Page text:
RV – registered voters
    LV – likely voters
    V – unclear
  8. ^ Undecided with 1%
  9. ^ "Other candidate or write-in" with 0%
  10. ^ With voters who lean towards a given candidate
  11. ^ "Someone else" with 3%
  12. ^ Undecided with 3%
  13. ^ Undecided with 6%
  14. ^ "Other candidate" and "No one" with 0%; Undecided with 2%
  15. ^ a b c With a likely voter turnout model featuring higher turnout than in the 2016 presidential election
  16. ^ a b c With a likely voter turnout model featuring lower turnout than in the 2016 presidential election
  17. ^ "Someone else" and Undecided with 1%
  18. ^ "Someone else" with 2%; Undecided with 4%
  19. ^ Undecided with 5%
  20. ^ "Other" with 5%; Undecided with 8%
  21. ^ "Someone else" with 3%; Undecided with 6%
  22. ^ "Someone else" and would not vote with 1%; "Undecided/Refused" with 8%
  23. ^ With voters who lean towards a given candidate
  24. ^ "Someone else" and did/would not vote with 1%; "Undecided/Refused" with 6%
  25. ^ Poll sponsored by Ossoff's campaign
  26. ^ Undecided with 3%
  27. ^ "Someone else" with 0%; Undecided with 3%
  28. ^ "Some other candidate" with 3%; Undecided with 8%
  29. ^ Undecided with 9%
  30. ^ Undecided with 6%
  31. ^ Undecided with 7%
  32. ^ "Someone else" with 1%; Undecided with 2%
  33. ^ "Someone else" with 0%; Undecided with 2%
  34. ^ "Another Third Party/Write-in" with 3%; Undecided with 9%
  35. ^ "Someone else" with 2%; Undecided with 8%
  36. ^ "Other" and "No one" with 0%; Undecided with 6%
  37. ^ Undecided with 5%
  38. ^ Undecided with 4%
  39. ^ "Someone else" and would not vote with 0%; "Undecided/Refused" with 16%
  40. ^ Undecided with 5%
  41. ^ Overlapping sample with the previous Morning Consult poll, but more information available regarding sample size
  42. ^ Undecided with 14%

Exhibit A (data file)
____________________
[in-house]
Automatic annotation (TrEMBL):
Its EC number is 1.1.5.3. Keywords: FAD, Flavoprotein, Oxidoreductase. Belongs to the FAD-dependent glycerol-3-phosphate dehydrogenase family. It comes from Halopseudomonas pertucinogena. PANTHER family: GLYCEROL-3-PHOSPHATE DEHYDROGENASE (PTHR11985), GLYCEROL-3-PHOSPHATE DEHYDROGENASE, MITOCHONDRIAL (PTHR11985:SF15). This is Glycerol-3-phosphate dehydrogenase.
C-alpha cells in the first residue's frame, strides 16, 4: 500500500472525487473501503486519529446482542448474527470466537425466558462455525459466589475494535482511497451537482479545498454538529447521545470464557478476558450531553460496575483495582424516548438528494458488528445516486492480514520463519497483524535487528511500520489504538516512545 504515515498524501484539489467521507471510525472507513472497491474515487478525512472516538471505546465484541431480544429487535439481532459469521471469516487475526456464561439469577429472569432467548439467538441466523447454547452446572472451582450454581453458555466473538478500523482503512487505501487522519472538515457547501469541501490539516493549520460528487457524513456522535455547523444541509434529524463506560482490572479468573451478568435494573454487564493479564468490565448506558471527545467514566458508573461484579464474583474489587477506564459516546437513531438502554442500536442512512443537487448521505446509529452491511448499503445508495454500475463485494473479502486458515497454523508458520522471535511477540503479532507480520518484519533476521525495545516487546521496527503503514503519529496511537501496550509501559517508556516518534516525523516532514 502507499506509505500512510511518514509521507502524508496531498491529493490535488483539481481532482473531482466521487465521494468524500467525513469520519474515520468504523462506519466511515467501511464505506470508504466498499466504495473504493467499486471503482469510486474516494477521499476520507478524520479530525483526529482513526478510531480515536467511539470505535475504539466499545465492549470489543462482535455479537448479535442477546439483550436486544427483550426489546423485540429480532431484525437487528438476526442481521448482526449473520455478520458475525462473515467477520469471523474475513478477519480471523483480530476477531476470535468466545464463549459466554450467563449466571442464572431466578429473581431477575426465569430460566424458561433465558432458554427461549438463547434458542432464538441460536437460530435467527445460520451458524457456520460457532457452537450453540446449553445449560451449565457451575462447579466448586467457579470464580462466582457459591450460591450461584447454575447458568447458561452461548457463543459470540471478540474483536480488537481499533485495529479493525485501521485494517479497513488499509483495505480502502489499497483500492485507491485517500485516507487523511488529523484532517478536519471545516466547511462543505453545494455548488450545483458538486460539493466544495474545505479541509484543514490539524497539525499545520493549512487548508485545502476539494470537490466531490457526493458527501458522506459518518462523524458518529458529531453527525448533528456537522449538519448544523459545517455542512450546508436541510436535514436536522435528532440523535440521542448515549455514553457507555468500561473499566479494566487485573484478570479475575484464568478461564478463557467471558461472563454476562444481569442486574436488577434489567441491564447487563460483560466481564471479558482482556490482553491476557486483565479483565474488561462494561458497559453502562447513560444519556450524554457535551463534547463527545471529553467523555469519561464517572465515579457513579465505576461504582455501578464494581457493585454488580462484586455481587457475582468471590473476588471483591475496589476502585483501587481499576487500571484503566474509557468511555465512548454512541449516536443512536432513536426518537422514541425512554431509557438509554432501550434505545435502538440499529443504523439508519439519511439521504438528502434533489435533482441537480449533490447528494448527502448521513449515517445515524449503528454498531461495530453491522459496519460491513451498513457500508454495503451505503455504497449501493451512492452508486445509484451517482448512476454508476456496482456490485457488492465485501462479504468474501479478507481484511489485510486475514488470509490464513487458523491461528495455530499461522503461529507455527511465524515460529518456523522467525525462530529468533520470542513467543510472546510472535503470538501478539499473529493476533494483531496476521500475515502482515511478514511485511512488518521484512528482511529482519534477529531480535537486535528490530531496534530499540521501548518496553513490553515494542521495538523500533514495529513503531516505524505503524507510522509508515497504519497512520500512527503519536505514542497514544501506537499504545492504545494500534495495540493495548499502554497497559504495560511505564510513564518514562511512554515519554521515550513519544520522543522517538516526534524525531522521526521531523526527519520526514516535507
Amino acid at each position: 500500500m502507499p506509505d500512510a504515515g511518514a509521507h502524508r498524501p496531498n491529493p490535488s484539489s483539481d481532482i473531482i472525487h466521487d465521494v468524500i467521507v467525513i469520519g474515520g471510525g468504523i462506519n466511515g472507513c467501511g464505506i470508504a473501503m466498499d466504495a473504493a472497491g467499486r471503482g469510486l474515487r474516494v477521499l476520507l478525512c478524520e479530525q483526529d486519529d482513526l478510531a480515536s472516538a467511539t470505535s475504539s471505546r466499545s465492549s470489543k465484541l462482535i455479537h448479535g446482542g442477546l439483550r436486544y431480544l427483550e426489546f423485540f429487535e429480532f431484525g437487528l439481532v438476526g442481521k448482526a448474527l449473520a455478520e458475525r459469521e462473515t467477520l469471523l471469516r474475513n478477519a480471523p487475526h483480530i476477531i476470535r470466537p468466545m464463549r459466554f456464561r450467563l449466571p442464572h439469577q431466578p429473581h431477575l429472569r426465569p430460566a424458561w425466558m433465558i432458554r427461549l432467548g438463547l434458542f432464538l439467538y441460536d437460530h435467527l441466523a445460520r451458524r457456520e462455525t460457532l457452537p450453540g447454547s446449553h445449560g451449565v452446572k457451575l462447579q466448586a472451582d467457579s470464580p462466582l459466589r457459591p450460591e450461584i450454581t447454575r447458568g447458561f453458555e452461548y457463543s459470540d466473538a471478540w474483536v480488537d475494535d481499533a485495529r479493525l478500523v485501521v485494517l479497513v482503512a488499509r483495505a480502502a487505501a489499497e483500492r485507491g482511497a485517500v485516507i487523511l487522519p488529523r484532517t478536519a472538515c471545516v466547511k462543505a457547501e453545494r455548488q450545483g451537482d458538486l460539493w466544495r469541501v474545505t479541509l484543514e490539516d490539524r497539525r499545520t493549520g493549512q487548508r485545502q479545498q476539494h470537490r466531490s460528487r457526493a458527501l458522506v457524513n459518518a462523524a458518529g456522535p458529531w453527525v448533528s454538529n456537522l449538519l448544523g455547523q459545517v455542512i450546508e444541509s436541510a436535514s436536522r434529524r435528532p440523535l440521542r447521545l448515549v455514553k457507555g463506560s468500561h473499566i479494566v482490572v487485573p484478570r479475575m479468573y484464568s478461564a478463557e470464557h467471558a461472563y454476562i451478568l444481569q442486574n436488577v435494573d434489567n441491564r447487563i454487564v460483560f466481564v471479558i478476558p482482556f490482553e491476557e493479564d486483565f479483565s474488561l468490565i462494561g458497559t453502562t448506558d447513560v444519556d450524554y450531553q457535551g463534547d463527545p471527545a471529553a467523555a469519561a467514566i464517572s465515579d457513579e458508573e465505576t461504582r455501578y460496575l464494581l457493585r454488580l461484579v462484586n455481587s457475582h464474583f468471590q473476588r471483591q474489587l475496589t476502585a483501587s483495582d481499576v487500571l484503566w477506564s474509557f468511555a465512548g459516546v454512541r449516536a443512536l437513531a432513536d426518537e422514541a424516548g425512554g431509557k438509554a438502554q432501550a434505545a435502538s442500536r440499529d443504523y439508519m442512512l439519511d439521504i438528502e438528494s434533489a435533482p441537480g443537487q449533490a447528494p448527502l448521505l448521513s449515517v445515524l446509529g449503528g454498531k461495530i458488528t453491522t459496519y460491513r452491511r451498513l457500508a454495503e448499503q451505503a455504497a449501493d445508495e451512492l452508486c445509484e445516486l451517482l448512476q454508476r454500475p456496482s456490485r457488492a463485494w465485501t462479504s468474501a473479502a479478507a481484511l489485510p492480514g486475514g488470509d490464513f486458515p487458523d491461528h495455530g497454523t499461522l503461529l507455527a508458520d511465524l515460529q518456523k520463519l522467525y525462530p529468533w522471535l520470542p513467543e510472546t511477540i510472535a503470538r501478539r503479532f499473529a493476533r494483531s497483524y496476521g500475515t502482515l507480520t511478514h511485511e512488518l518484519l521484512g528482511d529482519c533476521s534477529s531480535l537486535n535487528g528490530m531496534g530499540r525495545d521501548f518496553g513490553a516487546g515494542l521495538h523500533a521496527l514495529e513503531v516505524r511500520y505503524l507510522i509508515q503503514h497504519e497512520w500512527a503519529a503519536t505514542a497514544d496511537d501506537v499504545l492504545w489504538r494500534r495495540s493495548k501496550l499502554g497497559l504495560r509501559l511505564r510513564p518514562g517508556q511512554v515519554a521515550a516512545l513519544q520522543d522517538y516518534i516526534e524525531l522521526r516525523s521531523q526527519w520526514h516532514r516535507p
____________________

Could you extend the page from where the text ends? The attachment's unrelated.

43. ^ Additional data sourced from FiveThirtyEight
  44. ^ "Another Third Party/Write-in" with 3%; Undecided with 11%
  45. ^ Would not vote with 1%; Undecided with 4%
  46. ^ With voters who lean towards a given candidate
  47. ^ Would not vote with 2%; Undecided with 9%
  48. ^ Would not vote with 4%
  49. ^ Undecided with 11%
  50. ^ "Some other candidate" with 4%; Undecided with 10%
  51. ^ "Someone else" with 3%; Undecided with 10%
  52. ^ "Third party candidate" with 3%; would not vote with 2%; Undecided with 14%
  53. ^ Undecided with 7%
  54. ^ Undecided with 6%
  55. ^ Undecided with 6%
  56. ^ "Another candidate" with 4%; Undecided with 6%
  57. ^ Undecided with 8%; "Other" with 3%; would not vote with 2%
  58. ^ "Someone else" with 4%; Undecided with 3%
  59. ^ "Undecided" with 8%
  60. ^ "Someone else" with 6%; Undecided with 4%
  61. ^ "Someone else" with 8%; Undecided with 5%
  62. ^ Undecided with 3%
  63. ^ Calculated by taking the difference of 100% and all other candidates combined.
  64. ^ Poll sponsored by Ossoff's campaign

References

  1. ^ "Georgia Senate runoff election results 2021". ABC News. Archived from the original on January 6, 2021. Retrieved January 6, 2021.
  2. ^ "Georgia Senate Runoff Election Results". The New York Times. Archived from the original on January 6, 2021. Retrieved January 6, 2021.
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Further reading

External links

Official campaign websites